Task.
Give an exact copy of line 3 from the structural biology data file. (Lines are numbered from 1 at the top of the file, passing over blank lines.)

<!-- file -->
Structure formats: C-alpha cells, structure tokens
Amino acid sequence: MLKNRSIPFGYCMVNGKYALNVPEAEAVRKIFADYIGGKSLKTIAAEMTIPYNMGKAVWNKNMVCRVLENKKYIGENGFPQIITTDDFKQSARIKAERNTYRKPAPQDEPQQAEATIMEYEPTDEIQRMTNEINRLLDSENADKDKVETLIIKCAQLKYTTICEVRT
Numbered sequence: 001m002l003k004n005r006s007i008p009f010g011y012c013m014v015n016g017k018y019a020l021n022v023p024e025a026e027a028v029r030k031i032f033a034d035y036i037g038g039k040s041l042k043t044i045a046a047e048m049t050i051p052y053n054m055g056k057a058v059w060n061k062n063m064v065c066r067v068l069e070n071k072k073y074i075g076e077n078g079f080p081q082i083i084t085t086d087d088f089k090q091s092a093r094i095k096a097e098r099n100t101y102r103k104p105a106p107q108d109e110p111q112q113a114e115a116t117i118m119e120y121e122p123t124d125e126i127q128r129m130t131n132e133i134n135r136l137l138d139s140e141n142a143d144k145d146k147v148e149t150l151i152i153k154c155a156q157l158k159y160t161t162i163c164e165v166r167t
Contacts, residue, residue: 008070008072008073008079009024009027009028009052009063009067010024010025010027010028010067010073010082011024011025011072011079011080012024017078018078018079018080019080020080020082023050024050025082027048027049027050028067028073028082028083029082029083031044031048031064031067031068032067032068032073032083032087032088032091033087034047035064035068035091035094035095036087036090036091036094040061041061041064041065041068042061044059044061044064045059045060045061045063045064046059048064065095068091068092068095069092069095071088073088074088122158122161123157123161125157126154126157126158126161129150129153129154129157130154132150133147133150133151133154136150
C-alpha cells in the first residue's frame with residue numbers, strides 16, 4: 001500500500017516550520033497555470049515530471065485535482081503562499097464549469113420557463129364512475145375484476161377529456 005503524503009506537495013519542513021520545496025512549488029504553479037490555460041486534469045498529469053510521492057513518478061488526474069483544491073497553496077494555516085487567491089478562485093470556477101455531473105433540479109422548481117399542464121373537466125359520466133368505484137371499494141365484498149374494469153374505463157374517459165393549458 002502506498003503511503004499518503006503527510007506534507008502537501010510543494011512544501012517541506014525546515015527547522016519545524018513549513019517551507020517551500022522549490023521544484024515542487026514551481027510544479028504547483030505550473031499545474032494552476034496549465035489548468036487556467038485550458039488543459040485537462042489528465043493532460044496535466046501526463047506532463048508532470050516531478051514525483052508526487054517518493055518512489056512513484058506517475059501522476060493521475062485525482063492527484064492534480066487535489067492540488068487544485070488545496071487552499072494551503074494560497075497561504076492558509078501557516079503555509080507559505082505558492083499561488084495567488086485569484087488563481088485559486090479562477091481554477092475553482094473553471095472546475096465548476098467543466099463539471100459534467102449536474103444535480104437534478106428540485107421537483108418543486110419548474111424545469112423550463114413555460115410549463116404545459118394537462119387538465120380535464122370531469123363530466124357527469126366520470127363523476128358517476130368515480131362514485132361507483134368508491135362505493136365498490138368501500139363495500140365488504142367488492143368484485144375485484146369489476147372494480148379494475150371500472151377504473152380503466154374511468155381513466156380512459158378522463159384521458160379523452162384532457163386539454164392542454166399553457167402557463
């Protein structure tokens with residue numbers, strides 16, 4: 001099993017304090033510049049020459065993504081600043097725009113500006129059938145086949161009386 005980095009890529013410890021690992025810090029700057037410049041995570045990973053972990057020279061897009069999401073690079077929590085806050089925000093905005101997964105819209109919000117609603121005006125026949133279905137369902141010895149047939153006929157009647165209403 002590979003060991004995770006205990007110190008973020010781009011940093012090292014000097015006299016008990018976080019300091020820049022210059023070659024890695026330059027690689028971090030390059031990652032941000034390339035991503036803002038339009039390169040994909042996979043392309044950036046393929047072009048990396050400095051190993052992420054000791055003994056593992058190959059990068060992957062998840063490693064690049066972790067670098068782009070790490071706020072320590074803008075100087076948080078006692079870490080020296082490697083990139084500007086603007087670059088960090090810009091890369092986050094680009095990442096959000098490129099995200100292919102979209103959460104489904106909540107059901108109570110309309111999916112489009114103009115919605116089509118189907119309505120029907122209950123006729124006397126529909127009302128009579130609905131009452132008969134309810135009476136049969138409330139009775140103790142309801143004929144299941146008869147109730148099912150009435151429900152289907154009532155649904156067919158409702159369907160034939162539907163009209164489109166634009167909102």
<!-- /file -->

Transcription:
Numbered sequence: 001m002l003k004n005r006s007i008p009f010g011y012c013m014v015n016g017k018y019a020l021n022v023p024e025a026e027a028v029r030k031i032f033a034d035y036i037g038g039k040s041l042k043t044i045a046a047e048m049t050i051p052y053n054m055g056k057a058v059w060n061k062n063m064v065c066r067v068l069e070n071k072k073y074i075g076e077n078g079f080p081q082i083i084t085t086d087d088f089k090q091s092a093r094i095k096a097e098r099n100t101y102r103k104p105a106p107q108d109e110p111q112q113a114e115a116t117i118m119e120y121e122p123t124d125e126i127q128r129m130t131n132e133i134n135r136l137l138d139s140e141n142a143d144k145d146k147v148e149t150l151i152i153k154c155a156q157l158k159y160t161t162i163c164e165v166r167t